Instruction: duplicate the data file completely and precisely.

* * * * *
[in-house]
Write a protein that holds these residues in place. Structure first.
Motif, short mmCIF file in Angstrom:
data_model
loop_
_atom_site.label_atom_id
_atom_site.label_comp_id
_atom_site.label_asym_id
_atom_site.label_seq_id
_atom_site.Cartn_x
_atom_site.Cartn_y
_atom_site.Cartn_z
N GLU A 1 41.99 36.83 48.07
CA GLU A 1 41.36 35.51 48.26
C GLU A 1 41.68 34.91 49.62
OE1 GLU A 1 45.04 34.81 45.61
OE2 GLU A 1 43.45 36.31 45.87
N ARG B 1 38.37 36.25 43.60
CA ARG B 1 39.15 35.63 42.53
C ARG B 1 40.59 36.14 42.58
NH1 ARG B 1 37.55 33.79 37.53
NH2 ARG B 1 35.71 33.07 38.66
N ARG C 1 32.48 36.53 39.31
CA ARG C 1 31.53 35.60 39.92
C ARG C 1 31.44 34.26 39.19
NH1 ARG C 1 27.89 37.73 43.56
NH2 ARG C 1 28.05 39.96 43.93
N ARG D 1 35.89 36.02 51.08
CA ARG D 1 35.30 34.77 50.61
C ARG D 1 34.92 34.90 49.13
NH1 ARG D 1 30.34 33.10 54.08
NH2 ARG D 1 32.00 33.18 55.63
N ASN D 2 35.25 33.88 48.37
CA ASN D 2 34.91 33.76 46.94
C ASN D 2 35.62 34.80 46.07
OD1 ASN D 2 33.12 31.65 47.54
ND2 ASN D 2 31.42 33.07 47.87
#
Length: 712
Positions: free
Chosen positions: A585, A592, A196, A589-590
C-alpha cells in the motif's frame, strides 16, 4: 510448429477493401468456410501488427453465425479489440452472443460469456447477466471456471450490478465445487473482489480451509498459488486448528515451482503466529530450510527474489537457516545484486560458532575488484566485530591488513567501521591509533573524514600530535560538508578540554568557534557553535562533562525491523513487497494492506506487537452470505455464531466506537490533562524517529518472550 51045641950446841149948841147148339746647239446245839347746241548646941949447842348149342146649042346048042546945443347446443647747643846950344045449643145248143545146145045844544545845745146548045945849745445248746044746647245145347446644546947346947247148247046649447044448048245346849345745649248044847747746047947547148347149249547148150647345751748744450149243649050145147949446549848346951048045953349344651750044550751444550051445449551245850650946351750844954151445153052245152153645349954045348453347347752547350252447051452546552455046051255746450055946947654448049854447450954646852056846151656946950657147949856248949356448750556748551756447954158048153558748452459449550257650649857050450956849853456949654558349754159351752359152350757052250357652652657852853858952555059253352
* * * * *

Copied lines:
[in-house]
Write a protein that holds these residues in place. Structure first.
Motif, short mmCIF file in Angstrom:
data_model
loop_
_atom_site.label_atom_id
_atom_site.label_comp_id
_atom_site.label_asym_id
_atom_site.label_seq_id
_atom_site.Cartn_x
_atom_site.Cartn_y
_atom_site.Cartn_z
N GLU A 1 41.99 36.83 48.07
CA GLU A 1 41.36 35.51 48.26
C GLU A 1 41.68 34.91 49.62
OE1 GLU A 1 45.04 34.81 45.61
OE2 GLU A 1 43.45 36.31 45.87
N ARG B 1 38.37 36.25 43.60
CA ARG B 1 39.15 35.63 42.53
C ARG B 1 40.59 36.14 42.58
NH1 ARG B 1 37.55 33.79 37.53
NH2 ARG B 1 35.71 33.07 38.66
N ARG C 1 32.48 36.53 39.31
CA ARG C 1 31.53 35.60 39.92
C ARG C 1 31.44 34.26 39.19
NH1 ARG C 1 27.89 37.73 43.56
NH2 ARG C 1 28.05 39.96 43.93
N ARG D 1 35.89 36.02 51.08
CA ARG D 1 35.30 34.77 50.61
C ARG D 1 34.92 34.90 49.13
NH1 ARG D 1 30.34 33.10 54.08
NH2 ARG D 1 32.00 33.18 55.63
N ASN D 2 35.25 33.88 48.37
CA ASN D 2 34.91 33.76 46.94
C ASN D 2 35.62 34.80 46.07
OD1 ASN D 2 33.12 31.65 47.54
ND2 ASN D 2 31.42 33.07 47.87
#
Length: 712
Positions: free
Chosen positions: A585, A592, A196, A589-590
C-alpha cells in the motif's frame, strides 16, 4: 510448429477493401468456410501488427453465425479489440452472443460469456447477466471456471450490478465445487473482489480451509498459488486448528515451482503466529530450510527474489537457516545484486560458532575488484566485530591488513567501521591509533573524514600530535560538508578540554568557534557553535562533562525491523513487497494492506506487537452470505455464531466506537490533562524517529518472550 51045641950446841149948841147148339746647239446245839347746241548646941949447842348149342146649042346048042546945443347446443647747643846950344045449643145248143545146145045844544545845745146548045945849745445248746044746647245145347446644546947346947247148247046649447044448048245346849345745649248044847747746047947547148347149249547148150647345751748744450149243649050145147949446549848346951048045953349344651750044550751444550051445449551245850650946351750844954151445153052245152153645349954045348453347347752547350252447051452546552455046051255746450055946947654448049854447450954646852056846151656946950657147949856248949356448750556748551756447954158048153558748452459449550257650649857050450956849853456949654558349754159351752359152350757052250357652652657852853858952555059253352